Some musings on same-sex marriage in the United States

Note: This post originally appeared in the Integrity Lightspeed email list a month ago or so. In addition, I’m not a lawyer.

One of the facts that turned the tide on interracial marriage back in the 1950’s and 60’s is the fluidity of the population of the United States. People get married in one state, go to live (and pay taxes) in another state, go to a third state and then adopt children, and finally in a fourth state, either divorce or one of the couple is widowed and has to pay inheritance taxes and do probate.

The backbone of the social fabric of the United States is the section of the Constitution that requires each state to give full faith and credit to actions of other states. Without that, a married couple (same-sex) in Massachusetts crosses the state line to New York and (for another month) is considered two single people living together. Their financial situation changes (they can no longer pay state taxes as a couple, for example) and their personal situation could change (adopted children might become un-adopted if the couple moved to Florida, for example).

If we change “same-sex married couple” to “first-cousin married couple” this would be an extremely common situation, as some states allow first cousins to marry, others do not. However, if first cousins are married in a state that permits it, and then they move to a state that does not permit it, they do not immediately become single people–their marriage is recognised.

When only relatively small states permitted same-sex marriage, the social consequences of moving from one of those states to another state were small. Now that a big state has legalised same-sex marriage, and in one stroke of Gov. Cuomo’s pen doubled the number of people living in states which permit it, the stakes are getting higher. If California’s Proposition 8 is invalidated, the stakes will be almost overwhelming.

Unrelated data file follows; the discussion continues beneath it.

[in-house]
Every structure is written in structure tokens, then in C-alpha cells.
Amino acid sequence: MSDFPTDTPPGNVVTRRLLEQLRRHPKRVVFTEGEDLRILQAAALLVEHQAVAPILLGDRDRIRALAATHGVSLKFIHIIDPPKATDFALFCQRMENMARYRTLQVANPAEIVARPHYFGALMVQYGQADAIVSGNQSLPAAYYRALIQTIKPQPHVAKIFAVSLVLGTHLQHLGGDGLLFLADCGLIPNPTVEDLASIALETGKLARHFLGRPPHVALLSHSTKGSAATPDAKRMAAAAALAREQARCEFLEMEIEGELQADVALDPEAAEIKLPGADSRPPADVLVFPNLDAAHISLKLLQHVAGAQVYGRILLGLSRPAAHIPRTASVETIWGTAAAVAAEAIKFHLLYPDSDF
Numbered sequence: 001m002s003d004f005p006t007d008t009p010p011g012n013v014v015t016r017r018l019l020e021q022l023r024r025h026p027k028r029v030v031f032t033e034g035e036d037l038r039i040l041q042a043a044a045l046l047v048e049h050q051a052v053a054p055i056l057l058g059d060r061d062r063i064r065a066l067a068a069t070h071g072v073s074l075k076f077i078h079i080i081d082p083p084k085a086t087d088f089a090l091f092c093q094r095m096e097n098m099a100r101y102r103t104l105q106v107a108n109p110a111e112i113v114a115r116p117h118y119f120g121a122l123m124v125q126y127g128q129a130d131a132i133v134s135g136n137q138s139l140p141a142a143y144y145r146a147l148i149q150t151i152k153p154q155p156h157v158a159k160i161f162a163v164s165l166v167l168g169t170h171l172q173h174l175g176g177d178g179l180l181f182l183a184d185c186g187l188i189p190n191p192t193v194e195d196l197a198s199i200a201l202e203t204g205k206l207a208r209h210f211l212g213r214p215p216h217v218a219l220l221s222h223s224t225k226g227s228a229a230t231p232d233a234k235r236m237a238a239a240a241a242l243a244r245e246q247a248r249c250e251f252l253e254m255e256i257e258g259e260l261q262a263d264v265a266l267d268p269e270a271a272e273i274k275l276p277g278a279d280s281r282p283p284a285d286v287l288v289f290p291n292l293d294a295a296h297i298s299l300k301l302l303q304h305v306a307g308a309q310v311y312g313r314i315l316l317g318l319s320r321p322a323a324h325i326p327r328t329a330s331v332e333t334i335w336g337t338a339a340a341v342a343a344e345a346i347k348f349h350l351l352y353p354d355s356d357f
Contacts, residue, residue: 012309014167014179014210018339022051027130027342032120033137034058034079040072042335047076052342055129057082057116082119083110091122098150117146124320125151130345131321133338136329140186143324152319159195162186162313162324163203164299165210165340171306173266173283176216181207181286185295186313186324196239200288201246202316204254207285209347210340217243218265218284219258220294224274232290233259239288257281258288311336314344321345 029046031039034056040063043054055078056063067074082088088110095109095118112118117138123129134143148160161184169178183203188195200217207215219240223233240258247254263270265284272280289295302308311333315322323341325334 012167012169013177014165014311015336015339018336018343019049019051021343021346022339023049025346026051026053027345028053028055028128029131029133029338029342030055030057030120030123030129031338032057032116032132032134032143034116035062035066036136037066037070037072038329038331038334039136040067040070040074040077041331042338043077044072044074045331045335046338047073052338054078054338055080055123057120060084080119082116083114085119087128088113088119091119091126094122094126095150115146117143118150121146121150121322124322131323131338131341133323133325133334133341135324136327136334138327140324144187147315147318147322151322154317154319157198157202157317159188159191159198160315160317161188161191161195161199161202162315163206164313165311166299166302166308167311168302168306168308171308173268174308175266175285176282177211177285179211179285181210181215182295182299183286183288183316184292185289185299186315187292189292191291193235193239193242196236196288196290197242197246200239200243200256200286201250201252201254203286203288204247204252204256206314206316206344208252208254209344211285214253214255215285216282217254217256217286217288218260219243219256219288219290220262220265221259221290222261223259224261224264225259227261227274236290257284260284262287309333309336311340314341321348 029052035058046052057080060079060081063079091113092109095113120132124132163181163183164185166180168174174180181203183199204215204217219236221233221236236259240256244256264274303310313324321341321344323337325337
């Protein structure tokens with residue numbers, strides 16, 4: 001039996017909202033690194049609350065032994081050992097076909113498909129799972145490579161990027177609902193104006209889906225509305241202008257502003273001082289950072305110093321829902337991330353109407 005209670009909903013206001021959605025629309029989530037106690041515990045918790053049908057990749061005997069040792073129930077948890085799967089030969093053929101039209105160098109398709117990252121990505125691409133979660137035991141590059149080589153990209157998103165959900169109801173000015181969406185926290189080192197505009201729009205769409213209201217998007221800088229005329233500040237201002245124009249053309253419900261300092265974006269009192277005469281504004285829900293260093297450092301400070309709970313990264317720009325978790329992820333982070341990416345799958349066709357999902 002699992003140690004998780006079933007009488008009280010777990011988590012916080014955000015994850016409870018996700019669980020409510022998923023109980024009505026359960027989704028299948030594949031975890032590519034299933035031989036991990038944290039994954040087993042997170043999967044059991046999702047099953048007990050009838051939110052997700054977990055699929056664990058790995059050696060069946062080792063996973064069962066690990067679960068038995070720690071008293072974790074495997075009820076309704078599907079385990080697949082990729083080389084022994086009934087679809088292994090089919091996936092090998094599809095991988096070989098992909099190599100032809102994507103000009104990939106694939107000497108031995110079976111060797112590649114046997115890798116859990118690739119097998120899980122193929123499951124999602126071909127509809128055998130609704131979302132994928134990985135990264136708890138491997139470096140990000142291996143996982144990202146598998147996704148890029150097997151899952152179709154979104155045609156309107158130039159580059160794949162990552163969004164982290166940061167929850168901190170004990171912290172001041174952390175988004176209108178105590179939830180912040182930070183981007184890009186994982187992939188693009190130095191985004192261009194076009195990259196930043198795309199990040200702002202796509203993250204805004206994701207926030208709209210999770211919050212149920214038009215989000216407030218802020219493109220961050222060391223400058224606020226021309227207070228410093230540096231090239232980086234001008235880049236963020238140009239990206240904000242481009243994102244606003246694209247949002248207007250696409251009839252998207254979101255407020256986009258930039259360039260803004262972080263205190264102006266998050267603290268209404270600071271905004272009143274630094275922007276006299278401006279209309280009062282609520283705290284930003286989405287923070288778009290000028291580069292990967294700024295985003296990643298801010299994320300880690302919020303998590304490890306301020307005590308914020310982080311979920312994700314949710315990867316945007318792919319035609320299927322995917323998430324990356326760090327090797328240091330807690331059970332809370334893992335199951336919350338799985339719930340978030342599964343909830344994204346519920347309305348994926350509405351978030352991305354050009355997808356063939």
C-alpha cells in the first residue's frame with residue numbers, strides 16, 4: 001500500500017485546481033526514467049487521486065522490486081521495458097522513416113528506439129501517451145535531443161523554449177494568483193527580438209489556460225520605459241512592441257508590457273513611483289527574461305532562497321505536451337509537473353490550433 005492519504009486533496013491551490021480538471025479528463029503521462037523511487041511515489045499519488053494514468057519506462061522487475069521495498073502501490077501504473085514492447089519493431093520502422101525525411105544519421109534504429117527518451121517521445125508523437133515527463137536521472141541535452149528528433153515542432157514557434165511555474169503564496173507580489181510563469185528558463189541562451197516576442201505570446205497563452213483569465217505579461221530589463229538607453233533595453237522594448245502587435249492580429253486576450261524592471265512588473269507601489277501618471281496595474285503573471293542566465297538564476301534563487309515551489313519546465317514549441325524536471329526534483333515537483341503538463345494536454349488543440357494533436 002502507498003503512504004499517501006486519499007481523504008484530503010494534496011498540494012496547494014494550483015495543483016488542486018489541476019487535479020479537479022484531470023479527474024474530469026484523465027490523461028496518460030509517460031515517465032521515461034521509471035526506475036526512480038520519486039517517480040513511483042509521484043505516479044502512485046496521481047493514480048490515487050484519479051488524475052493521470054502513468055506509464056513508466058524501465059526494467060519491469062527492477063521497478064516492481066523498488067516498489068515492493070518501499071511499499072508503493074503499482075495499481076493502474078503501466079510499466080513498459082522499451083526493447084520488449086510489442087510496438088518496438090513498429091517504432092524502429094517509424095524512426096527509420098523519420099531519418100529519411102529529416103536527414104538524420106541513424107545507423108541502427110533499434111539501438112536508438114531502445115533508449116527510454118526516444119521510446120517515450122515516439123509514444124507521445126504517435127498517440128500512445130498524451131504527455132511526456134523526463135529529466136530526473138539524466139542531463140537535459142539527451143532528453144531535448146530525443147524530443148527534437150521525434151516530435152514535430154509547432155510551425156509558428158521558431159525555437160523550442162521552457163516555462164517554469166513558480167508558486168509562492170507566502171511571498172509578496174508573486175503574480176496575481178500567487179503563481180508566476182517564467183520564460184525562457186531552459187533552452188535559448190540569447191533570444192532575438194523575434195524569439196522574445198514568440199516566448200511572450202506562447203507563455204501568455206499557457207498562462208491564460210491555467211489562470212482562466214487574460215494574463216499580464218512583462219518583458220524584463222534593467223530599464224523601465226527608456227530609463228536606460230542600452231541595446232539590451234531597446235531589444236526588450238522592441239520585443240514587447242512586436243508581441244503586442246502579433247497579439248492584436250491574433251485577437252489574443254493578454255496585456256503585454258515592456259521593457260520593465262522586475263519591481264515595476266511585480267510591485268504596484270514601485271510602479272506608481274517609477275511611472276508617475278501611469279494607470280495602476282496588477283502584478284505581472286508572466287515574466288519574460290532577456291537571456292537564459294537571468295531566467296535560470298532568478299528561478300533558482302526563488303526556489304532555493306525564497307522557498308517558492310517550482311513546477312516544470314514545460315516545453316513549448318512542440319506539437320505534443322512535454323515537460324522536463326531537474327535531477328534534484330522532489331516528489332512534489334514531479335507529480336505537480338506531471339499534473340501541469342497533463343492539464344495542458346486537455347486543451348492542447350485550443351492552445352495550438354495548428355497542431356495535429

If a same-sex married couple from Massachusetts moves to Texas and wishes to divorce, the obvious place for that divorce to happen is the civil courts of the State of Texas. If they were a mixed-sex couple, that is what would happen. For Texas to then arbitrarily say that marriages contracted in Massachusetts are of two different types, mixed-sex (which they recognise) and same-sex (which they do not recognise) is a legal nicety and certainly the proper subject of litigation.

Eventually (perhaps not the first time, or the tenth time, but eventually) the Federal courts will rule that Massachusetts (for the sake of example) has only one kind of marriage and other states will be required by the Constitution to recognise it.

And the simple reason is: simplicity. For states to keep two types of marriage around in order to uphold “traditional marriage” makes all sorts of social and legal interactions much more complicated. It clogs the courts (which courts dislike) and requires lots of legal picking of nits to support.